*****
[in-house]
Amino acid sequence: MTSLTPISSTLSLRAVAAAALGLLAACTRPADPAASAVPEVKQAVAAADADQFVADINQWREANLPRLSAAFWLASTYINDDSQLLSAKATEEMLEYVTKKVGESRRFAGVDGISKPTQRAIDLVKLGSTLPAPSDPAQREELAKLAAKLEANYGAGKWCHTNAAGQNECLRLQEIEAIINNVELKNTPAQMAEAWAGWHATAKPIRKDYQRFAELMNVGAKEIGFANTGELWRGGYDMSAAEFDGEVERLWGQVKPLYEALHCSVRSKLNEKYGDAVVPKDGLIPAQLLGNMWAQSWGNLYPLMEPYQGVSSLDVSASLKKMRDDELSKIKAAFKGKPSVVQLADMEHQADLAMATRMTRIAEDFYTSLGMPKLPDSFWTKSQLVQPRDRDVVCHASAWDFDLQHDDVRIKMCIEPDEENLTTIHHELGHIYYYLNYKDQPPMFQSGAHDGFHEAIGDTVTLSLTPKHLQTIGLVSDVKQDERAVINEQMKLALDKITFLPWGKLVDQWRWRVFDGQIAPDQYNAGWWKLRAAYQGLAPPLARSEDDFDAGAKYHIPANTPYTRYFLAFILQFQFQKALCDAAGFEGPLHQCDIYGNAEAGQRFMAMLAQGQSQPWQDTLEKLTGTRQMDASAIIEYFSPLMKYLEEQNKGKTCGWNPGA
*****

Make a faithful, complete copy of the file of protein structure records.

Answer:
[in-house]
Amino acid sequence: MTSLTPISSTLSLRAVAAAALGLLAACTRPADPAASAVPEVKQAVAAADADQFVADINQWREANLPRLSAAFWLASTYINDDSQLLSAKATEEMLEYVTKKVGESRRFAGVDGISKPTQRAIDLVKLGSTLPAPSDPAQREELAKLAAKLEANYGAGKWCHTNAAGQNECLRLQEIEAIINNVELKNTPAQMAEAWAGWHATAKPIRKDYQRFAELMNVGAKEIGFANTGELWRGGYDMSAAEFDGEVERLWGQVKPLYEALHCSVRSKLNEKYGDAVVPKDGLIPAQLLGNMWAQSWGNLYPLMEPYQGVSSLDVSASLKKMRDDELSKIKAAFKGKPSVVQLADMEHQADLAMATRMTRIAEDFYTSLGMPKLPDSFWTKSQLVQPRDRDVVCHASAWDFDLQHDDVRIKMCIEPDEENLTTIHHELGHIYYYLNYKDQPPMFQSGAHDGFHEAIGDTVTLSLTPKHLQTIGLVSDVKQDERAVINEQMKLALDKITFLPWGKLVDQWRWRVFDGQIAPDQYNAGWWKLRAAYQGLAPPLARSEDDFDAGAKYHIPANTPYTRYFLAFILQFQFQKALCDAAGFEGPLHQCDIYGNAEAGQRFMAMLAQGQSQPWQDTLEKLTGTRQMDASAIIEYFSPLMKYLEEQNKGKTCGWNPGA